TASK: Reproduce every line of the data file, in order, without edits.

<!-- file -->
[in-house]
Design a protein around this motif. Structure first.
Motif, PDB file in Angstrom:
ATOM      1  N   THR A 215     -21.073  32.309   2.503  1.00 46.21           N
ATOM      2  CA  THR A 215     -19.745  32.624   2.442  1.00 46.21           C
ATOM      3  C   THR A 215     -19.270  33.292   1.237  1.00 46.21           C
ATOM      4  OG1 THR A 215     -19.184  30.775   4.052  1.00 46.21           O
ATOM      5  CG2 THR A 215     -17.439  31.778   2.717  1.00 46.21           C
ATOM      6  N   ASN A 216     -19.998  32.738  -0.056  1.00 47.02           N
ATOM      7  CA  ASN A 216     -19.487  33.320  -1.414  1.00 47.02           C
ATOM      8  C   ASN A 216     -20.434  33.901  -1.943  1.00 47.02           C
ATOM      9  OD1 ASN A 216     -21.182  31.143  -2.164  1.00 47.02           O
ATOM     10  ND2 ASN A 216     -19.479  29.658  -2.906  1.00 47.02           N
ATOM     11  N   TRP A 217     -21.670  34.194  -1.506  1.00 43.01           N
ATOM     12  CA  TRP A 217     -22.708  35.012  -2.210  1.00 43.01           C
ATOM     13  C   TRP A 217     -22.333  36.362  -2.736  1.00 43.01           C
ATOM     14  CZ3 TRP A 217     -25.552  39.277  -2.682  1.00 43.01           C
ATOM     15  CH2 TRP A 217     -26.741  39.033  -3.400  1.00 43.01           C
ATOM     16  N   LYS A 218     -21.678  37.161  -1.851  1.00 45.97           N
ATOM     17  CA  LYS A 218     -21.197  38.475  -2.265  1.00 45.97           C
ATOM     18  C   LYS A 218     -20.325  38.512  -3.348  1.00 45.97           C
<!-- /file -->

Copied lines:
[in-house]
Design a protein around this motif. Structure first.
Motif, PDB file in Angstrom:
ATOM      1  N   THR A 215     -21.073  32.309   2.503  1.00 46.21           N
ATOM      2  CA  THR A 215     -19.745  32.624   2.442  1.00 46.21           C
ATOM      3  C   THR A 215     -19.270  33.292   1.237  1.00 46.21           C
ATOM      4  OG1 THR A 215     -19.184  30.775   4.052  1.00 46.21           O
ATOM      5  CG2 THR A 215     -17.439  31.778   2.717  1.00 46.21           C
ATOM      6  N   ASN A 216     -19.998  32.738  -0.056  1.00 47.02           N
ATOM      7  CA  ASN A 216     -19.487  33.320  -1.414  1.00 47.02           C
ATOM      8  C   ASN A 216     -20.434  33.901  -1.943  1.00 47.02           C
ATOM      9  OD1 ASN A 216     -21.182  31.143  -2.164  1.00 47.02           O
ATOM     10  ND2 ASN A 216     -19.479  29.658  -2.906  1.00 47.02           N
ATOM     11  N   TRP A 217     -21.670  34.194  -1.506  1.00 43.01           N
ATOM     12  CA  TRP A 217     -22.708  35.012  -2.210  1.00 43.01           C
ATOM     13  C   TRP A 217     -22.333  36.362  -2.736  1.00 43.01           C
ATOM     14  CZ3 TRP A 217     -25.552  39.277  -2.682  1.00 43.01           C
ATOM     15  CH2 TRP A 217     -26.741  39.033  -3.400  1.00 43.01           C
ATOM     16  N   LYS A 218     -21.678  37.161  -1.851  1.00 45.97           N
ATOM     17  CA  LYS A 218     -21.197  38.475  -2.265  1.00 45.97           C
ATOM     18  C   LYS A 218     -20.325  38.512  -3.348  1.00 45.97           C